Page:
SUNDAY, June 8, 2014 (HealthDay News) -- If you suffer from seasonal allergies, a number of treatments can help relieve symptoms such as sneezing and itchy eyes, the U.S. Food and Drug Administration says.
Those therapies include three newly approved under-the-tongue immunotherapy products to counter hay fever caused by certain grass pollens and short ragweed pollen. The medications -- called Grastek, Oralair and Ragwitek -- can be taken at home, but the first dose must be given in a doctor's office due to the risk of serious immune system reactions.
"These medications have the potential for dialing down the immune response to allergens, doing more than just treating the symptoms of allergies," Dr. Jay Slater, director of FDA's division of bacterial, parasitic and allergenic products, said in an agency news release.
This type of treatment, called sublingual therapy, is best started three to four months before allergy season begins in your region of the country.
Allergy shots are another immunotherapy option. These injections contain small amounts of an allergen and can decrease sensitivity to inhaled allergens. Over two to three months, patients receive weekly injections with increasingly higher doses of the allergen. After the maximum dose is reached, patients may receive monthly injections for three to five years, Slater said.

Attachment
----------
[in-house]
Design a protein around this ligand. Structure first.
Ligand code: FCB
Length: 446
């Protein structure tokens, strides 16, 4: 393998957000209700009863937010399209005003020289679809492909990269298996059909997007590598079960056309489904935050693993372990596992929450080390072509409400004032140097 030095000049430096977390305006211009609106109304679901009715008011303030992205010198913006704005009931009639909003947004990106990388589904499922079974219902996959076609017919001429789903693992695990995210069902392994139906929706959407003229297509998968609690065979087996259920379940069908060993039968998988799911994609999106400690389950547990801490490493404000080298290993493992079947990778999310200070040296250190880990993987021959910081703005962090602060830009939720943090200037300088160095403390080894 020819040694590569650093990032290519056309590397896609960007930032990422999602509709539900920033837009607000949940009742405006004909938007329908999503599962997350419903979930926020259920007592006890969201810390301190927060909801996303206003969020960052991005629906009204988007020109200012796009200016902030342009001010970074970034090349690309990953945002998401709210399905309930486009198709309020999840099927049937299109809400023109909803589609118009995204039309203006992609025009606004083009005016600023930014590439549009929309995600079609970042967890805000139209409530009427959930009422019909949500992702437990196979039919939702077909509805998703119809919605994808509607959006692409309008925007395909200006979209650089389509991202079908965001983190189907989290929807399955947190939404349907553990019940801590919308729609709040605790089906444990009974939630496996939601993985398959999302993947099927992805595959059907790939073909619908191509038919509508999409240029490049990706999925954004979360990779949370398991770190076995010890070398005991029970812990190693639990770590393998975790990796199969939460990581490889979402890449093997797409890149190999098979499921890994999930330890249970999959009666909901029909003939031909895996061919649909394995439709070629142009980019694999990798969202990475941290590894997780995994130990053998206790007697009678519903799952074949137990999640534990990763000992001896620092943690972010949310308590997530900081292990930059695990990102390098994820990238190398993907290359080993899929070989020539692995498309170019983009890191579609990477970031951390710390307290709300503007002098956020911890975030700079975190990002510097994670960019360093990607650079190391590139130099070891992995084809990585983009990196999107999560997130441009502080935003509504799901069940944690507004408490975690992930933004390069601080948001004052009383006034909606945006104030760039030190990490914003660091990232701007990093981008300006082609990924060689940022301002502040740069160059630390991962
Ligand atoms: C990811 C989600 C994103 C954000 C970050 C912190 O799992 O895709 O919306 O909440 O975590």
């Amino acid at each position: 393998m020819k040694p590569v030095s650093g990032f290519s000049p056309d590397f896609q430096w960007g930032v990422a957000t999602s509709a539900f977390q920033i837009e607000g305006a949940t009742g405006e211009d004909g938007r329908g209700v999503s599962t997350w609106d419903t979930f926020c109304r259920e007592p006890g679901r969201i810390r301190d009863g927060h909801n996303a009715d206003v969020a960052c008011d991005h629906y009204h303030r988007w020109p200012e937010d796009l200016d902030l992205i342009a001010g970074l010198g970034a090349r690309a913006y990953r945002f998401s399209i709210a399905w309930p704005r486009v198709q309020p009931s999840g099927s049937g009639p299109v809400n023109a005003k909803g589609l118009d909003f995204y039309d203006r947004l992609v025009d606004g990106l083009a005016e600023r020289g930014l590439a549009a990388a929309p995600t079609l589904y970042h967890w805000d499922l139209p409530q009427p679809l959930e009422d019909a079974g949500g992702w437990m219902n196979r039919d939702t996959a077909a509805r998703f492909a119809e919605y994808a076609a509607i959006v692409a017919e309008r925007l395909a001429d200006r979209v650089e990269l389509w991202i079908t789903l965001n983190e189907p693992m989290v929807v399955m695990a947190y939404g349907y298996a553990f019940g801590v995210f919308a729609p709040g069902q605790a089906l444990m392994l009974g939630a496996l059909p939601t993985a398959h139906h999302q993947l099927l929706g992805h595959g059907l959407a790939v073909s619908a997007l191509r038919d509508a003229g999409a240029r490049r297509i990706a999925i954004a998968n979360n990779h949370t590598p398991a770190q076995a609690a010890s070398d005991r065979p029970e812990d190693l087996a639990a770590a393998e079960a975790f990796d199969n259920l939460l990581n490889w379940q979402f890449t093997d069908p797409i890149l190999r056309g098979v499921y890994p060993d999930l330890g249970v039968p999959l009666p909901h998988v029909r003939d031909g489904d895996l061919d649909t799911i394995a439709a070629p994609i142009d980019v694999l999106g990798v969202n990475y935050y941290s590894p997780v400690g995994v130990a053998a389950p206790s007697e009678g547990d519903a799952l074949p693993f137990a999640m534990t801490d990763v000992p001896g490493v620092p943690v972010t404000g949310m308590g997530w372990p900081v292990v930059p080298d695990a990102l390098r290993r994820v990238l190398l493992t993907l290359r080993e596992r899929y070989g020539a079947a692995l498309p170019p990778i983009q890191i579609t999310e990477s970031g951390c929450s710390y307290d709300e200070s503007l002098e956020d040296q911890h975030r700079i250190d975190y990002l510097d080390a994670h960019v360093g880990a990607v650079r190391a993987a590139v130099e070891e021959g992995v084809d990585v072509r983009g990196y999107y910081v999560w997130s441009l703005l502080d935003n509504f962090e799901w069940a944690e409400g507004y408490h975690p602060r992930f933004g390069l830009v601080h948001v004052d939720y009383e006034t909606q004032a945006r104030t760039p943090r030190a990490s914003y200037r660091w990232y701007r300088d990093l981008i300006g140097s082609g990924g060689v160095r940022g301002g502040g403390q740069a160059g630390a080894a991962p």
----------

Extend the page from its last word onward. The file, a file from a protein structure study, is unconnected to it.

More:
Antihistamines -- a different type of treatment for seasonal allergies -- come in many forms, including tablets and liquids.
"There are several different antihistamines. First-generation antihistamines include medications such as diphenhydramine, marketed under the brand name Benadryl. They have been available over-the-counter for a long time," Dr. Narayan Nair, a medical officer at the FDA, said in the news release.
Newer second-generation antihistamines include medications such as fexofenadine (brand name Allegra) and loratadine (Claritin).
Some antihistamines can cause drowsiness and interfere with the ability to drive or operate heavy machinery. The drowsiness can be made worse by taking sedatives or consuming alcohol, Nair said. Also, patients with chronic conditions such as glaucoma or an enlarged prostate should talk to their health care provider before taking certain antihistamines, he added.
Nasal sprays and eye drops can also be used to treat some hay fever symptoms.
"Nasal sprays can help relieve nasal symptoms but they should only be used for a limited time without talking to a health care provider. If some nasal sprays are used longer than intended they can make the congestion worse," Nair said.
The U.S. National Library of Medicine has more about hay fever.
SOURCE: U.S. Food and Drug Administration, news release, May 7, 2014
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